STATE NEWS: Black Community Doesn't Support Same-Sex Unions

Michigan State University
East Lansing, Michigan – March 12, 2007

Black community doesn’t support same-sex unions

In “Gay rights fight mirrors black civil rights struggle” (SN 2/23), Sam Curcuruto, who appears in photographs to be white and too young to have been alive during the African American Civil Rights Movement, ridiculously wrote, “(Michigan’s) Marriage Protection Amendment is no better than the Black Codes and Jim Crow laws. … (The) argument that half the nation can identify with the desire to protect marriage goes hand in hand with the fact that during the Civil War, half the nation could identify with keeping African Americans as slaves.”

If Mr. Curcuruto’s premise is correct, perhaps he can apply his expertise to the following questions:

Why did communities in Michigan with the largest African American populations — Detroit, Flint, Grand Rapids, Saginaw, Muskegon and Benton Harbor — all vote in favor of the Marriage Protection Amendment?

Why did the Detroit Free Press report that its 2004 exit polls found that 59 percent of all black voters statewide voted in favor of the amendment?

Why did former state Rep. Triette Reeves, D-Detroit — who, at the time, was chaplain of the Michigan Legislative Black Caucus — co-sponsor the amendment?

Why did Dr. Alveda King, niece of the Rev. Dr. Martin Luther King Jr. and a former Georgia Democratic legislator, travel to Michigan to campaign in favor of our marriage amendment?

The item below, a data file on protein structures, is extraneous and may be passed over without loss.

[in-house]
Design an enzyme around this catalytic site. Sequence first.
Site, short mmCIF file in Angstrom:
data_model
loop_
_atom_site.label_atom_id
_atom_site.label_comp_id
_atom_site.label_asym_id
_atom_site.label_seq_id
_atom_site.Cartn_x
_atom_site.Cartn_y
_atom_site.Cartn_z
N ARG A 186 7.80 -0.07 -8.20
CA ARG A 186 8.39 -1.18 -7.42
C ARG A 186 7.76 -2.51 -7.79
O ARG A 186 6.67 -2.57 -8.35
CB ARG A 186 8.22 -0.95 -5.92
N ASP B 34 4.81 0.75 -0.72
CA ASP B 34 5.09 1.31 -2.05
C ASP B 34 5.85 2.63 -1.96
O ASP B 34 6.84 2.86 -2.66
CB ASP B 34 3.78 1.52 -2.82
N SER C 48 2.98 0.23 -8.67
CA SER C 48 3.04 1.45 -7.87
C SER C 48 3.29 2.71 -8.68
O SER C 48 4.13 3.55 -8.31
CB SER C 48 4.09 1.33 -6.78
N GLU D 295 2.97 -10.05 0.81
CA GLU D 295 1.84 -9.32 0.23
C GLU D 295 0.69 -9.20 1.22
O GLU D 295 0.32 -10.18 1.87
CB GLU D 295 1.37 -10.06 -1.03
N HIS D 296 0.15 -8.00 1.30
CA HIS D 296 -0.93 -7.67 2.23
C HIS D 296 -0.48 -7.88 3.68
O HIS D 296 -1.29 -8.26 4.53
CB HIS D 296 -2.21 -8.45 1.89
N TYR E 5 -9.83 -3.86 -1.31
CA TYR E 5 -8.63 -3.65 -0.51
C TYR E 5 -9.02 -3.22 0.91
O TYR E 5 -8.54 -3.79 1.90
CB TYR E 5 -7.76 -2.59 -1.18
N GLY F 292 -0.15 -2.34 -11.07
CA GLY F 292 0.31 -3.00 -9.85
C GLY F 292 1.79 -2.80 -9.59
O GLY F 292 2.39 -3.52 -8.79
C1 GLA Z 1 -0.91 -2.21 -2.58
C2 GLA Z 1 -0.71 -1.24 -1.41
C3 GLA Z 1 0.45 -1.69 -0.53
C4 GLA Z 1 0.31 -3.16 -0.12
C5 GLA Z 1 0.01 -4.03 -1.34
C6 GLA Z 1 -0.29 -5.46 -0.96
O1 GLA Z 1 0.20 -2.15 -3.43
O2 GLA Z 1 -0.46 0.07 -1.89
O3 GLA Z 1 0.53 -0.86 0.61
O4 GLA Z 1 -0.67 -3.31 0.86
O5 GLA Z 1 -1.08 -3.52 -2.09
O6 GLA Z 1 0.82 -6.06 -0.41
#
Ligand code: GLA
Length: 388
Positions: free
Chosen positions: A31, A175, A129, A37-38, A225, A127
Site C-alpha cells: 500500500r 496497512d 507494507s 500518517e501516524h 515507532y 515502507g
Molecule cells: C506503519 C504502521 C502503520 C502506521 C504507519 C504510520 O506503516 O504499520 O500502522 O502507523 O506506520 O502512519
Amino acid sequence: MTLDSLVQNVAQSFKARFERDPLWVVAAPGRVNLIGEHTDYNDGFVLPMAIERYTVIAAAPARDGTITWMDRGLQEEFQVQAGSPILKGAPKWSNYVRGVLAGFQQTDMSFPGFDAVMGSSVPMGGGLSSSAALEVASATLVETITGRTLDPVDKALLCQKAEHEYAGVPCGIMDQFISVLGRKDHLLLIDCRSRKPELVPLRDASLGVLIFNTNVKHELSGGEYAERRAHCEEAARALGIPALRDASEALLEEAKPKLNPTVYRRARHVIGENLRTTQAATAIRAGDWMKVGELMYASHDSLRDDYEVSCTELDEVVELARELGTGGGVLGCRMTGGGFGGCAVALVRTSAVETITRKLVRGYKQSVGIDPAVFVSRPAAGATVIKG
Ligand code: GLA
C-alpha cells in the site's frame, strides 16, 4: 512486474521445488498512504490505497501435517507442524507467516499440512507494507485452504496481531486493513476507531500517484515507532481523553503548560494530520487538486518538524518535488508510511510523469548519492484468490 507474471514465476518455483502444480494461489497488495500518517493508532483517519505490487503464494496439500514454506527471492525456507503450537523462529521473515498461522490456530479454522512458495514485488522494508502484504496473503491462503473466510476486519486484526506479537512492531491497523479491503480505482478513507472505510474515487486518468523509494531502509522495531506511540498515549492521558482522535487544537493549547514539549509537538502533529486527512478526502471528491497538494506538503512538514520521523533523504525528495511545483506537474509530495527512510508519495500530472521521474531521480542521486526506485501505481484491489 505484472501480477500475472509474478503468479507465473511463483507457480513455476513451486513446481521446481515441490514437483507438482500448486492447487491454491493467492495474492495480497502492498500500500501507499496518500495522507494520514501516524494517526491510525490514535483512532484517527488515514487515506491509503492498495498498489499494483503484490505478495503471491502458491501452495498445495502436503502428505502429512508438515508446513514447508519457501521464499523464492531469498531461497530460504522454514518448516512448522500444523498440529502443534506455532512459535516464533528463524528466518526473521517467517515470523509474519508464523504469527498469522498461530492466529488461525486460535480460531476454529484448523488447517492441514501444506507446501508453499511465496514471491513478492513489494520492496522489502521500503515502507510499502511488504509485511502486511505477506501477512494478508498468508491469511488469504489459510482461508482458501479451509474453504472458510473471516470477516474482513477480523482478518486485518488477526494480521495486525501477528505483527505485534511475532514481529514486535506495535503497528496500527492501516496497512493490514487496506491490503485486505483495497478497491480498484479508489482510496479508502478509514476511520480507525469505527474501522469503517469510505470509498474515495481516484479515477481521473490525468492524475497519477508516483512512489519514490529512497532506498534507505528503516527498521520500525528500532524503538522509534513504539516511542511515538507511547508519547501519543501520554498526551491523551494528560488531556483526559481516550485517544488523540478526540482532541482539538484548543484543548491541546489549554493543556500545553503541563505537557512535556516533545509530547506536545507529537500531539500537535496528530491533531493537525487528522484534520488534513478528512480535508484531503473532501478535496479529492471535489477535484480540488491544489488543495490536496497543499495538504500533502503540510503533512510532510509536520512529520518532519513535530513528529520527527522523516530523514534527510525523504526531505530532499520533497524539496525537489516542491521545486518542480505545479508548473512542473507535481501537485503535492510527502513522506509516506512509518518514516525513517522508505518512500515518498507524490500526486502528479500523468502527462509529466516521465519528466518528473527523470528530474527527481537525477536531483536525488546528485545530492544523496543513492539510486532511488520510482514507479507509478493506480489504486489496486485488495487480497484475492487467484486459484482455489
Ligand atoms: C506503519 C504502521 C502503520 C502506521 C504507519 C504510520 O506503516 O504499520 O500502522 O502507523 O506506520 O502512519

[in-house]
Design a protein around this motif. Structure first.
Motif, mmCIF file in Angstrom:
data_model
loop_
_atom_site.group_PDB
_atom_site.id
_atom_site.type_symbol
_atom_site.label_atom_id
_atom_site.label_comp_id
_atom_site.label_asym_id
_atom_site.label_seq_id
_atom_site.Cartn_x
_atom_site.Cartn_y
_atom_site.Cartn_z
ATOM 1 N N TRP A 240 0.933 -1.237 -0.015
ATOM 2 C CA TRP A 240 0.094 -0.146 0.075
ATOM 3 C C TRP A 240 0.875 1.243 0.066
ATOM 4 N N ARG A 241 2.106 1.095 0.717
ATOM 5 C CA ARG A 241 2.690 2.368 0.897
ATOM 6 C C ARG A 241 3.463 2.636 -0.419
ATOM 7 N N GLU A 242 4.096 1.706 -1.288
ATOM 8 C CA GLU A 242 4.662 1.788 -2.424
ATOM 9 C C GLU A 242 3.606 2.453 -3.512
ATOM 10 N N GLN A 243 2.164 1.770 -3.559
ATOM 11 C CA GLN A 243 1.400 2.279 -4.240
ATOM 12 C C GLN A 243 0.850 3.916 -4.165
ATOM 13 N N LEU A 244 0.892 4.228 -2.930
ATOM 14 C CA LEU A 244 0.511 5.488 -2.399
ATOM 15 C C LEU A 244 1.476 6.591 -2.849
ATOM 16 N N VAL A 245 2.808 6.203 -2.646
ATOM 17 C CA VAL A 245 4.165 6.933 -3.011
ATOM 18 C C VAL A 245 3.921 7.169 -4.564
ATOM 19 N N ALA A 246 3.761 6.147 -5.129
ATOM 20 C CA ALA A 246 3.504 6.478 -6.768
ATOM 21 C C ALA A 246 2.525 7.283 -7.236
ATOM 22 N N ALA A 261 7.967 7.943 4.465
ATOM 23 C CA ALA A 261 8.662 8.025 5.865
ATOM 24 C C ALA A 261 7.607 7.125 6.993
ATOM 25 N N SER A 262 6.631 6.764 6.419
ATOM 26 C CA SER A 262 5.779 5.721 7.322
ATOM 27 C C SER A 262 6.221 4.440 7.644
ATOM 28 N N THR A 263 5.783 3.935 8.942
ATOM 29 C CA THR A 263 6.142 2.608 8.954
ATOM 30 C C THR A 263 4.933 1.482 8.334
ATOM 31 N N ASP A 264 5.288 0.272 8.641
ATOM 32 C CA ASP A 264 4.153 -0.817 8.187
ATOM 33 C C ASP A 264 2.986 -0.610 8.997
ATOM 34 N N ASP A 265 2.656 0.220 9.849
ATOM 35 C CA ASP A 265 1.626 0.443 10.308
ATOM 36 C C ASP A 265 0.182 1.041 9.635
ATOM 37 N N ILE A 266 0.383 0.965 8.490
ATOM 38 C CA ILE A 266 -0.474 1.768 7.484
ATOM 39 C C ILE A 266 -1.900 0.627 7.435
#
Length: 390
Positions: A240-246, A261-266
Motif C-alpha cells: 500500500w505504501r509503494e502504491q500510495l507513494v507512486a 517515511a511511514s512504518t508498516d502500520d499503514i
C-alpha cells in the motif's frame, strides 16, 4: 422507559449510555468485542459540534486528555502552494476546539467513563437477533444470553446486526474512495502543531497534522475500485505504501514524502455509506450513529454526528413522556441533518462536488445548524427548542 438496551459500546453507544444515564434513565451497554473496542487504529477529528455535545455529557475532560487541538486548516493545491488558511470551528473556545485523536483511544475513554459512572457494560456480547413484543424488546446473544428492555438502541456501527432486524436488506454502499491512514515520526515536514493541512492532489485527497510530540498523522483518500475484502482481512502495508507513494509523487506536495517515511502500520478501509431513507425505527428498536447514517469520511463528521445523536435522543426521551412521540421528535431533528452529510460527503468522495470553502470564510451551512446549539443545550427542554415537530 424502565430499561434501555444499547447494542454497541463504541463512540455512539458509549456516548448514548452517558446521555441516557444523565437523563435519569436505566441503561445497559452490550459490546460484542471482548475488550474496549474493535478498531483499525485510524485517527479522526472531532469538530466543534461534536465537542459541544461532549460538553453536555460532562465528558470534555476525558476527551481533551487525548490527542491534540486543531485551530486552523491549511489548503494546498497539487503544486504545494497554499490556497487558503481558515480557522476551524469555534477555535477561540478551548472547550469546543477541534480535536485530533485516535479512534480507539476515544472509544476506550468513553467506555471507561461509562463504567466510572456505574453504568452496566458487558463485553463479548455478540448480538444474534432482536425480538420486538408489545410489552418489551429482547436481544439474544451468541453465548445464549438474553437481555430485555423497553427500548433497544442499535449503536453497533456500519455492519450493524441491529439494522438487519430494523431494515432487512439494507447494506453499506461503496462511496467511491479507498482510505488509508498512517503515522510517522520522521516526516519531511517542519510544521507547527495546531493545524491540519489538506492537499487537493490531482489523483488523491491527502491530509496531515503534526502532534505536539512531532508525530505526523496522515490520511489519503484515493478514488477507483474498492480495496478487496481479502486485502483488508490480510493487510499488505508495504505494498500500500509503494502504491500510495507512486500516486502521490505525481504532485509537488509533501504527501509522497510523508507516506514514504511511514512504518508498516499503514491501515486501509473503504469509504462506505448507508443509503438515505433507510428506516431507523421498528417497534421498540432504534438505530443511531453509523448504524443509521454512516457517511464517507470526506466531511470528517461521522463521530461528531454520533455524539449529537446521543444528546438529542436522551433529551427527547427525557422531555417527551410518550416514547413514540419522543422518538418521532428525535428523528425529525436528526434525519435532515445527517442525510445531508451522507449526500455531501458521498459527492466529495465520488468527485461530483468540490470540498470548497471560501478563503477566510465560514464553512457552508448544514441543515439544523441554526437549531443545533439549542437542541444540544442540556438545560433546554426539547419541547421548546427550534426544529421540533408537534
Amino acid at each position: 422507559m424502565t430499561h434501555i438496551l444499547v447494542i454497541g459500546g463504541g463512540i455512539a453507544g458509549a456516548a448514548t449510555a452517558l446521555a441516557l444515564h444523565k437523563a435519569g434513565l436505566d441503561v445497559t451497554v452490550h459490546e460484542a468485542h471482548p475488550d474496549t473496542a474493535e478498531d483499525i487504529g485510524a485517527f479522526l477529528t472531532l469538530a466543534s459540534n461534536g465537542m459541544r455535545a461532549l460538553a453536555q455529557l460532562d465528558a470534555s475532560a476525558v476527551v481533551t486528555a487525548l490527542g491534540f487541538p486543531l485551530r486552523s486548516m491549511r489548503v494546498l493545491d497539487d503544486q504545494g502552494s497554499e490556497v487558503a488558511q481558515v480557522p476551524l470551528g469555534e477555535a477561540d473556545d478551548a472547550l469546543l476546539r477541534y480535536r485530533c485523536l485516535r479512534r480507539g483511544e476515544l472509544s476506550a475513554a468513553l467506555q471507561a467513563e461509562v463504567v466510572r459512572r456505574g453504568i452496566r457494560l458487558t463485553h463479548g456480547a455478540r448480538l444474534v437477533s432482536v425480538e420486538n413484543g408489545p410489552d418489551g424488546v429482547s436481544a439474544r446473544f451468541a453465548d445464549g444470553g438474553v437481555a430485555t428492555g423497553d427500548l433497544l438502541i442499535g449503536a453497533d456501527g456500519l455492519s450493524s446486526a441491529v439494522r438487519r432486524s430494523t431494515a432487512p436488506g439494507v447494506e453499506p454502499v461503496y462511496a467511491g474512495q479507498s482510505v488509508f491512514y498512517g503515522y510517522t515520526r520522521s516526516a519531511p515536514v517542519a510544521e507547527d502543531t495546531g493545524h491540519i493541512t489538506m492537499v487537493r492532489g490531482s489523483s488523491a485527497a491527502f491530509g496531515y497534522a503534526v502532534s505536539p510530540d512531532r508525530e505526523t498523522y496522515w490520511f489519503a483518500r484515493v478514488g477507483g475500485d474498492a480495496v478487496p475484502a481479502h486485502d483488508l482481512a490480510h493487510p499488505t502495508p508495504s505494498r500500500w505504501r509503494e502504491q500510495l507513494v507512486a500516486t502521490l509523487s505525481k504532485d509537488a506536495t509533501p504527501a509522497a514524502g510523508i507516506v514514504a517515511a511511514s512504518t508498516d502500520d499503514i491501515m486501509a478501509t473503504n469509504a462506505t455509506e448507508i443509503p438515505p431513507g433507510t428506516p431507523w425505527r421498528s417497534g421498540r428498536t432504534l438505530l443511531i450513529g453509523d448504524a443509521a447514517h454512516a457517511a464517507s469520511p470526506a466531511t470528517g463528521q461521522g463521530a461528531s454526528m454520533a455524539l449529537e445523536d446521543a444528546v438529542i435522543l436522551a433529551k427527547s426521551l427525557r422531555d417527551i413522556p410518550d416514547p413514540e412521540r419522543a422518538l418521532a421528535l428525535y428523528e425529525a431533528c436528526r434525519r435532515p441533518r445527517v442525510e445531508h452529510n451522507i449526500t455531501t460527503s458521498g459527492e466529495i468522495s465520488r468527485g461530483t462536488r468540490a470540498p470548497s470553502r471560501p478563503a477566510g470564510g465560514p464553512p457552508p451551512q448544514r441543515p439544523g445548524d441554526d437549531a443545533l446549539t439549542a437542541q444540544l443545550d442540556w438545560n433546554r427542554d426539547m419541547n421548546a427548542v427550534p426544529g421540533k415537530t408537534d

Why did the Rev. Bernice King, daughter of Dr. King, lead a march on the Georgia state Capitol in support of that state’s marriage amendment?

Why is former Congressional Delegate Walter Fauntroy, D-Washington, D.C., who organized the 1963 march on Washington at which Dr. King delivered his “I Have a Dream” speech, serving along with many other nationally prominent African Americans on the board of the Alliance for Marriage, which organized to promote a federal marriage amendment?

If Mr. Curcuruto can’t answer, perhaps he should talk to someone who knows more about the Civil Rights Movement than he does and who knows the difference, as African Americans obviously do, between protecting one-man, one-woman marriage and denying individuals basic civil rights based on the immutable color of their skin.

Gary Glenn
president of American Family Association of Michigan

You can read the State News editorial here:

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